Hodge's Maxine proves less than the intellectual match for these two, but she and Jory have wisely allow the character a gritty, down-to-earth sense of realism, rather than portraying her as a sort of Earth Mother antithesis to Hannah's cool, Selenic virginity. As a result, the two women avoid the trap of simply becoming embattled aspects of some symbolic "Madonna-whore complex", and instead define Shannon's prospects as being between a real, yet decidedly less-than-ideal relationship, or one that offers an ethereal but ultimately unsatisfying platonic experience. In the end, it's no great surprise which woman he chooses, but it's equally clear he's made the right choice, and for once Williams leaves his audience with a sense of hopefulness that perhaps Shannon, unlike most of his protagonists, has something to look forward to in his future.
Corzatte's doddering poet (a character based loosely on Williams' own grandfather) is a poignant synthesis of artistic and spiritual influences that eventually point Shannon on the path toward his own salvation. Although long past his prime, his spirit seems young in comparison to Shannon's world-weariness, and Corzatte gives the old man a spryness that, like a fading star burning off its last ergs of energy, is directed with single-minded purpose, and despite his own fading mental powers, toward completing his work, regardless of whether anyone will gauge it as having been worth the effort. One can easily envision Williams imagining himself in similar straits, and no doubt the play's final image reflects his symbolic desire to complete his own life's work before his impending demise.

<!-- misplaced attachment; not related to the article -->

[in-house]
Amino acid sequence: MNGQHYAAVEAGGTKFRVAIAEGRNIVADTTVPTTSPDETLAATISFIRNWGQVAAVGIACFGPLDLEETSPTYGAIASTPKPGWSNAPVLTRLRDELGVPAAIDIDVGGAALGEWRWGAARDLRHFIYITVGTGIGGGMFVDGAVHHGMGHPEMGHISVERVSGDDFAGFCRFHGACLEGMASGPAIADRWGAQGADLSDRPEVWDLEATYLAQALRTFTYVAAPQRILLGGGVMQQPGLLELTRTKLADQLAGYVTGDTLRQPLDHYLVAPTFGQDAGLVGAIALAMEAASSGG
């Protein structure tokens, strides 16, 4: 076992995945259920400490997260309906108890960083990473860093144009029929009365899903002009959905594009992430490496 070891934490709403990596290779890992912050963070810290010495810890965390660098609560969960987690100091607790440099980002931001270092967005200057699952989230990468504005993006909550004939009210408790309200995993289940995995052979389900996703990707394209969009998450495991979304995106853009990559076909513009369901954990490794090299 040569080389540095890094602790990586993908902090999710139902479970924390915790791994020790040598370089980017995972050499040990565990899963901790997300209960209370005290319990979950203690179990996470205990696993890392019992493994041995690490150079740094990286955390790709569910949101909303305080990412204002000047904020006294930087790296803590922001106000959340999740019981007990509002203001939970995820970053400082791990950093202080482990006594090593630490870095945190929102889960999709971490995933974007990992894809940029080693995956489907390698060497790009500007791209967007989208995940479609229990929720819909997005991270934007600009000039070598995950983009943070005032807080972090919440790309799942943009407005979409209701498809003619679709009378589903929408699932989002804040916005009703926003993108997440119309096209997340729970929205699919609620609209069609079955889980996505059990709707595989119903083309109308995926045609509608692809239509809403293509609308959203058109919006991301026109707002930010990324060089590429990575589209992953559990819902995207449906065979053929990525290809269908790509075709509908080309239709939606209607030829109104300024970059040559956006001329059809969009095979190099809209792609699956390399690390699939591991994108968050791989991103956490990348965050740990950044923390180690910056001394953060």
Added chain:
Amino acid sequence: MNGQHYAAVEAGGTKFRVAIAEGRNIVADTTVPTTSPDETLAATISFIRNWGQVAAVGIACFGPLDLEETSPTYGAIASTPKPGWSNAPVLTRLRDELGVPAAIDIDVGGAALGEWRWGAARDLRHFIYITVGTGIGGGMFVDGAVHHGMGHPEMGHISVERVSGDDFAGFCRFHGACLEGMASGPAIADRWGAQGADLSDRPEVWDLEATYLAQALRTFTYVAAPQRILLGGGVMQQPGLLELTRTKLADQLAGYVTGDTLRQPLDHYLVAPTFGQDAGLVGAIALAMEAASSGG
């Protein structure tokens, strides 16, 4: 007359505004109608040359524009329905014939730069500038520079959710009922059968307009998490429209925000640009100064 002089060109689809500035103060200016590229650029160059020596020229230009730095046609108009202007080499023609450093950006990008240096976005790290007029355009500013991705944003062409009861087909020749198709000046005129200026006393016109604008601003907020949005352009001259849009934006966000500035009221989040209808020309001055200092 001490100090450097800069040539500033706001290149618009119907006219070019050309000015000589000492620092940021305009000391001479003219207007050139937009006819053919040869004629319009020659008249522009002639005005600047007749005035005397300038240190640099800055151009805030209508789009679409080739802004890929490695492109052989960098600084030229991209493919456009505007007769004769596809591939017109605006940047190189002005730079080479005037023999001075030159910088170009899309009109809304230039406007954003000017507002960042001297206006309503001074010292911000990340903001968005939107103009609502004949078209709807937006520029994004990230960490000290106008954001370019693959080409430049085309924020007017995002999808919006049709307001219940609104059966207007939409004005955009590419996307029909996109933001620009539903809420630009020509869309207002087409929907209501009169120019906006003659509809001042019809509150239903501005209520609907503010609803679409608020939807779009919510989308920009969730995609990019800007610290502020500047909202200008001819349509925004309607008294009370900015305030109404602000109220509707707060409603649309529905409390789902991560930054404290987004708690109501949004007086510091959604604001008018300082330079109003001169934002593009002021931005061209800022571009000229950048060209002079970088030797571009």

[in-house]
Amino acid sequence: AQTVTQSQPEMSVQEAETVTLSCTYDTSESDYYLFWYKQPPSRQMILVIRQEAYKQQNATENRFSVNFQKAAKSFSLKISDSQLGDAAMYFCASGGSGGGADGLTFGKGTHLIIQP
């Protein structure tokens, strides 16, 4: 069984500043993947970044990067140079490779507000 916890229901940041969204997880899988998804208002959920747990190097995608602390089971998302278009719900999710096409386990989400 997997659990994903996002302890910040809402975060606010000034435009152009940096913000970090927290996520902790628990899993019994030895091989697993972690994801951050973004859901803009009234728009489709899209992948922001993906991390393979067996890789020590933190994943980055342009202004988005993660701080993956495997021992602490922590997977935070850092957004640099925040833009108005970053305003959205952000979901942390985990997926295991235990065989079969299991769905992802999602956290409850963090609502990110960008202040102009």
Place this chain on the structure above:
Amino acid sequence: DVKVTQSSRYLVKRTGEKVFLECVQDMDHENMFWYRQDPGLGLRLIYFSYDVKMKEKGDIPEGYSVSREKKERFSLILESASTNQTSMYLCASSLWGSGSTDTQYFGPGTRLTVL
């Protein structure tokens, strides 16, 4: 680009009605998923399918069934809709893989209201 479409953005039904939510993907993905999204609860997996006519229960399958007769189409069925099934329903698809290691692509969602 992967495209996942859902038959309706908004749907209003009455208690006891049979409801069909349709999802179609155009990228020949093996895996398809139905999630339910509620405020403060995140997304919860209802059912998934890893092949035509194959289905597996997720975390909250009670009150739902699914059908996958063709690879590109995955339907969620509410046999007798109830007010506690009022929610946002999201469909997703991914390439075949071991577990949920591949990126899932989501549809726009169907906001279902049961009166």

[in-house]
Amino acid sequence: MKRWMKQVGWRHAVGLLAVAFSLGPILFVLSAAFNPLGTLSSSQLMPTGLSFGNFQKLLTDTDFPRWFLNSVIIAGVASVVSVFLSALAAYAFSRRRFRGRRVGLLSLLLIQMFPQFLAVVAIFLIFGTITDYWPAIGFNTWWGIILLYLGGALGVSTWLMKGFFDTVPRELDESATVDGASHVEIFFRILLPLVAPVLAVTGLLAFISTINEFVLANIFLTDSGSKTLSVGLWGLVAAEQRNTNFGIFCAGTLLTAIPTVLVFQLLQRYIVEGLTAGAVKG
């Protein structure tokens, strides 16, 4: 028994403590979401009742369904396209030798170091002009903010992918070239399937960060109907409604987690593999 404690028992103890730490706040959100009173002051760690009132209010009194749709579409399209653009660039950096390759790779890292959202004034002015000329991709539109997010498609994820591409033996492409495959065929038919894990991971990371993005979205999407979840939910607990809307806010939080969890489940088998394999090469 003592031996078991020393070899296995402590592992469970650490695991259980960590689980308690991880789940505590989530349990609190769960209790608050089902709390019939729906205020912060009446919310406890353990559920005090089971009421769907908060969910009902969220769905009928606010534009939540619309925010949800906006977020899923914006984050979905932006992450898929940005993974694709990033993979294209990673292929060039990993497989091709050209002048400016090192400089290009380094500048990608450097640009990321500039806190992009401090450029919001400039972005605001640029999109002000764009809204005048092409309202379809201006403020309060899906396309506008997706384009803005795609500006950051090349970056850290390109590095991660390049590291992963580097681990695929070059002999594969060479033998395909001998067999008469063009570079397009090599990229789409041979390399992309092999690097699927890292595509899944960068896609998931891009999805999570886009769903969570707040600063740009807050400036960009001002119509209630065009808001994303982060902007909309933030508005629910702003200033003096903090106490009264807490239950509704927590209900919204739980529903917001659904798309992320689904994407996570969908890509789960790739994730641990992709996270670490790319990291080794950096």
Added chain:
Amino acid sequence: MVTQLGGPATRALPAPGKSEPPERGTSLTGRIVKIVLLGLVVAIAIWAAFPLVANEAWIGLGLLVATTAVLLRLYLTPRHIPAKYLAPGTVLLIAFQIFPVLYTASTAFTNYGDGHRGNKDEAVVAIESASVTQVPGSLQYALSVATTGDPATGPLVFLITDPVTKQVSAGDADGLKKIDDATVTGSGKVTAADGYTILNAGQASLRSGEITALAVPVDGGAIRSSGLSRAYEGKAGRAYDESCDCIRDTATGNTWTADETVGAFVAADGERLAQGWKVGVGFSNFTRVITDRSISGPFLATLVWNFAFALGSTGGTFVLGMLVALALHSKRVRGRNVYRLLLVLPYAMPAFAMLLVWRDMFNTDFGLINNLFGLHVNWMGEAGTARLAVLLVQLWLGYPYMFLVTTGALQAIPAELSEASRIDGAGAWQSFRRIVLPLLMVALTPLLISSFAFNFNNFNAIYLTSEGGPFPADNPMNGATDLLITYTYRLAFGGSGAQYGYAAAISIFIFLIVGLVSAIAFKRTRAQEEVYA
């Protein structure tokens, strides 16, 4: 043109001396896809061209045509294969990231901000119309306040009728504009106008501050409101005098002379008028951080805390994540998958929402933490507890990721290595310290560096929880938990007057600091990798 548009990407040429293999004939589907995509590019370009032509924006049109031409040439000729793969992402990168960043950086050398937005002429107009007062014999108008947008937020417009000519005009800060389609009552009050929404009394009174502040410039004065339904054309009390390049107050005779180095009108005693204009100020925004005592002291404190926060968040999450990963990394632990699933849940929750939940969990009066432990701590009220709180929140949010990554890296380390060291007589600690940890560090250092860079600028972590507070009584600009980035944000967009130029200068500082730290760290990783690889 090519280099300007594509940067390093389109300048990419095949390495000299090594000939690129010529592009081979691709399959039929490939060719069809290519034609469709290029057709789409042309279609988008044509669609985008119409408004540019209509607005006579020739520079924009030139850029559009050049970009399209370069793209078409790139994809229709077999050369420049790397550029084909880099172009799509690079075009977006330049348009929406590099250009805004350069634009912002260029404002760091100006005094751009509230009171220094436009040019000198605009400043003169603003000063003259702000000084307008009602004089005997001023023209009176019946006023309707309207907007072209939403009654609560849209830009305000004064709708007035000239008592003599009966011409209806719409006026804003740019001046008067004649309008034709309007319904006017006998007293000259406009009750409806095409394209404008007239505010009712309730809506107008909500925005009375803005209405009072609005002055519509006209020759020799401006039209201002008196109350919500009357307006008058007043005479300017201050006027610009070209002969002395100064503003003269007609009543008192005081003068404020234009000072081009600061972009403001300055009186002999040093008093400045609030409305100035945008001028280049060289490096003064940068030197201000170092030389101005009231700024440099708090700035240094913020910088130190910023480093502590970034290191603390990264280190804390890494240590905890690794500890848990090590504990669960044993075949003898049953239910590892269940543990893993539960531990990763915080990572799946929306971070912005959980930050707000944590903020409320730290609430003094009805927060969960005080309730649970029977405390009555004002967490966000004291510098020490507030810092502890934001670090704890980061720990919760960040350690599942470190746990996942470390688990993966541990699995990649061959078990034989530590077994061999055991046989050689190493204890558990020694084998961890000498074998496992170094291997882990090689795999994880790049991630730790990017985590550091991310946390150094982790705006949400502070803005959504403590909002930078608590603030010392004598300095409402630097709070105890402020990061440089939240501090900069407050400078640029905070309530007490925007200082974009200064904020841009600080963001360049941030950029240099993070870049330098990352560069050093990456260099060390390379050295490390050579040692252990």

"The Night Of The Iguana" at its heart represents Williams not only at his soul-searching best, but also at the apex of his lifetime of self-examination. In the character of T. Lawrence Shannon he has brought his string of doubting, conflicted and scarred protagonists to their ultimate conclusion: to a choice between either succumbing to madness or accepting a redemption that can never live up to expectation. Fortunately, this production more than lives up to our expectations, displaying a depth of feeling, both humorous and sublimely touching, that fully encompasses Williams' own soulful, at times maddening search for peace and solace.